As a non muslim minority, the Sikh has a special status, resulting    from    their    dhimmi    condition.    The    various constitutions  that  were  written  in  Afghanistan  has  always included special arrangements for them (protection, specific taxes, freedom of religion, ...), until the current constitution that saves them a seat in the Afghan parliament as a Hindu and Sikh’s community delegate.

In  this  paper  I  will  analyse  the  various  changes  in  the constitution  and  the  laws  concerning  the  Sikh  minority during  the  XX  and  the  XXI  century  and  their  current situation, also presenting the case of some Sikh people that recently settled in France as political refugees.

Pro-regime Posters, Postage Stamps and Photographs in the Democratic Republic of Afghanistan — a work in progress

Mateusz M. Kłagisz

Jagiellonian University, Kraków

In my contribution to the first CESAI conference of Afghan Studies, I would like to present my work in progress—Visual Propaganda in the Democratic Republic of Afghanistan—on posters,  postage  stamps  and  photographs  published  by  the DRA  (1978–92)  government.  It  is  an  interesting  fact  that shortly after the April 1978 takeover, the would-be Afghan communists decided to make maximum use of all means of propaganda—i.e. radio, press, as well as images. To elaborate on the role visual propaganda played I have created the term Bildkultur  proposed  by  Growald  in  his  Der  Plakat-Spiegel: Erfahrungssatze     für     Plakat-Künstler     und     Besteller. Bildkultur is an open-access, culturally-constructed semantic system  made  up  of  pictorial  signs  used  for  mass    (re-) creation,  (re-)transfer  and  (re-)storage  of  common  memory on  the  same  (or  similar)  terms  as  high  or  popular  Afghan poetry  had  been  operating  on  for  centuries.  Barthes  wrote that:  ‘[t]here  are  those  who  think  that  the  image  is  an extremely rudimentary system in  comparison  with language and  those  who  think  that  signification  cannot  exhaust  the imageʼs ineffable richness.’ Therefore, a picture plays a more complex   role   than   merely   aesthetic   and   embraces   in Afghanistan, inter alia, the takbir sentence, the basmala one, or the name of the Prophet Muhammad. They can be ‘read’ by   illiterates   who   recognise   their   complex   calligraphic structures rather than particular letters. Taking into account the  traditional  Islamic  approach  towards  the  image,  one should   emphasise   here   that   in   Sunni   Afghanistan,   the Bildkultur,  represented  by  Bollywood/Lollywood  posters, religious   pictures,   paintings   on    trucks,   in   teahouses, schoolbooks  and  bills,  flyers,  hoardings,  photography  and television is, contrary to neighbouring Iran and Pakistan, still in stadium nascendi.

Commodities, Merchants, and Refugees: Inter-Asian

Circulations and Afghan Mobility

Magnus Marsden

University of Sussex

This   paper   analyses   ethnographic   material   concerning Afghan  trading  networks  involved  in  both  the  export  of commodities  from  China  to  a  variety  of  settings  across Eurasia and the movement of “refugees” from Afghanistan to Europe. While much recent work on trading networks has deployed the concept of trust to understand the functioning of  such  social  formations,  this  article  seeks  to  understand their durability through combined recognition of the ways in which  Afghan  networks  are  polycentric  and  multi-nodal, successful in transforming their collective aims and projects in  changing  shifting  political  and  economic  circumstances, and  made-up  of  individuals  able  to  shift  their  statuses  and activities   within   trading   networks   over   time.   It   argues furthermore  that  a  focus  on  the  precise  ways  in  which traders  entrust  capital,  people  and  commodities  to  one another, reveals the extent to which social and  commercial relationships    inside    trading    networks    are    frequently impermanent  and  pregnant  with  concerns  about  mistrust and contingency. Recognition of this suggests that scholars should   focus   on   practices   of   entrustment   rather   than abstract notions of trust in their analyses of trading networks per se, as well as seek to better understand the ways in which these practices enable actors to handle and address questions of contingency.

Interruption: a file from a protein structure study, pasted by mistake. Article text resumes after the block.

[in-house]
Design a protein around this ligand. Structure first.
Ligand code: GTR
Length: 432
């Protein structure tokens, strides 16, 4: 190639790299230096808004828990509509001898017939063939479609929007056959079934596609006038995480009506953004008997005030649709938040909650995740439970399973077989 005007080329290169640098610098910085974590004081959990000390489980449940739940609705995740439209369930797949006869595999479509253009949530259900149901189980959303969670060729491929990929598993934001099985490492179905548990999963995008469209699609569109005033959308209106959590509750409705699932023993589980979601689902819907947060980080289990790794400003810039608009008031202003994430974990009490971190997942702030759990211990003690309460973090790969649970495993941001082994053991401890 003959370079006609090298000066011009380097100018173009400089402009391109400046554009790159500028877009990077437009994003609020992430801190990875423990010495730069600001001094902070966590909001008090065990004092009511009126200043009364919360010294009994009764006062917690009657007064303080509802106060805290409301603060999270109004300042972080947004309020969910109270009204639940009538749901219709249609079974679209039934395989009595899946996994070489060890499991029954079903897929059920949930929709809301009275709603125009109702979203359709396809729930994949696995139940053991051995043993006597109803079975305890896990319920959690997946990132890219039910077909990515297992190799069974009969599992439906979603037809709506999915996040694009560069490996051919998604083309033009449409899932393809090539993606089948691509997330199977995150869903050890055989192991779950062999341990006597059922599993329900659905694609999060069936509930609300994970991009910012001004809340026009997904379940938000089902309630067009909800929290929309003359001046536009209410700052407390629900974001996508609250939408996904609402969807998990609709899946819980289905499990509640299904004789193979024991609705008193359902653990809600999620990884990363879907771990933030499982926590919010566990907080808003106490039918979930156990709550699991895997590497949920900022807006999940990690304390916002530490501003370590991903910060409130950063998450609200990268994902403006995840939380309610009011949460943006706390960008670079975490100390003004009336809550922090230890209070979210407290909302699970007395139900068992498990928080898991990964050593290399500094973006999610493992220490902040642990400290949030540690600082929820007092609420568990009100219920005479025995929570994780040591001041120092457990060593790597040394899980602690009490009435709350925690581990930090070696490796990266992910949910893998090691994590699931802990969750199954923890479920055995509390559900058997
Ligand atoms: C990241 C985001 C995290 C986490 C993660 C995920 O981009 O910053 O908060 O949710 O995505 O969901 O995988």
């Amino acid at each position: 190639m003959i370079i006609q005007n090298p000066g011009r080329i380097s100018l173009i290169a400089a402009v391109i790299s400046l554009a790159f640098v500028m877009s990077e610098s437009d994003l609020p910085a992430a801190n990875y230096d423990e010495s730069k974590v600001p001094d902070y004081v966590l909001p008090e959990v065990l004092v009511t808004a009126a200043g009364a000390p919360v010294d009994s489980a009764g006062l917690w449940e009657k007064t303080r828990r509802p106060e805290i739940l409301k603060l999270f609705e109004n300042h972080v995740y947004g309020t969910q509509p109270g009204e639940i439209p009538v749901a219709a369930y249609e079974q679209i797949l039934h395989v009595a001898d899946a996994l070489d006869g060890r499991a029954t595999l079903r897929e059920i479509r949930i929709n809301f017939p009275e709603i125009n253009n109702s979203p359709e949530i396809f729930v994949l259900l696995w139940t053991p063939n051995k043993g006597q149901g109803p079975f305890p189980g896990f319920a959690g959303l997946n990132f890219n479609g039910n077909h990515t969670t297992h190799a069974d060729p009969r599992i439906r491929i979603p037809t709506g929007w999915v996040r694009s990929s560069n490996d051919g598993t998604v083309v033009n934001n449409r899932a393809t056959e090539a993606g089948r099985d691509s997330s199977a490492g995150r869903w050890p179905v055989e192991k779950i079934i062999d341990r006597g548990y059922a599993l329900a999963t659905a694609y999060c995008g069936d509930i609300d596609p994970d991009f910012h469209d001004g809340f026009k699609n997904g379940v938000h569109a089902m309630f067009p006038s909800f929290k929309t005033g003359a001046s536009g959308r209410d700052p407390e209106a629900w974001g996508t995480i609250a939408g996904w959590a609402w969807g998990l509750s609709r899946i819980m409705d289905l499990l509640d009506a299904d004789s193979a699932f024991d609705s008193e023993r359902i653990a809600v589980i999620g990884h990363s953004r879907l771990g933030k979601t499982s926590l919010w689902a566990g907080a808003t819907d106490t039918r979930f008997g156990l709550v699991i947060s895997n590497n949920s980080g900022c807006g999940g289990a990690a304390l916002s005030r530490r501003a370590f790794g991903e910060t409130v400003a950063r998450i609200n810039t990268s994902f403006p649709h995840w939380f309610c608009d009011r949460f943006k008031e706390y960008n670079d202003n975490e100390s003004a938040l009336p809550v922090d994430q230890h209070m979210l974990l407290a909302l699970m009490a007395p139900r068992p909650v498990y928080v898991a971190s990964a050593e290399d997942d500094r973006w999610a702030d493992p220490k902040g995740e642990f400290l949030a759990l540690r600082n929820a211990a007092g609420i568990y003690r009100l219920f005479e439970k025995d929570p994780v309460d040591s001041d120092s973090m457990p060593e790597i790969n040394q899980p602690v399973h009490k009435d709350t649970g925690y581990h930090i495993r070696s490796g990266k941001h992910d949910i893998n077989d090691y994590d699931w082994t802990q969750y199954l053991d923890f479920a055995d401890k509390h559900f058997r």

Position of Afghan refugees in Iranian society

Anton Evstratov

Russian-Armenian University, Yerevan

More than three million refugees left to Iran because of the dangerous situation in their country, and statistics have not diminished  over  the  past  few  years.    About  three  million Afghans live in Iran now. In fact, only about 30% of them have  refugee  status.  Both  legal  Afghan  migrants  and  illegal immigrants  often  face  social  (restrictions  in  rights,  illegal exploitation),   economic   (underestimated   wages),   political (difficulties in obtaining legal status) and mental (rejection of society, isolation) problems.

This  article  analyzes  the  position  of  Afghans  in  Iran, taking into account the above circumstances.

From Takht-i Sulaiman to the Banks of the Oxus: The Bounds of Afghanistan Studies Past, Present and Future

Benjamin Hopkins

The George Washington University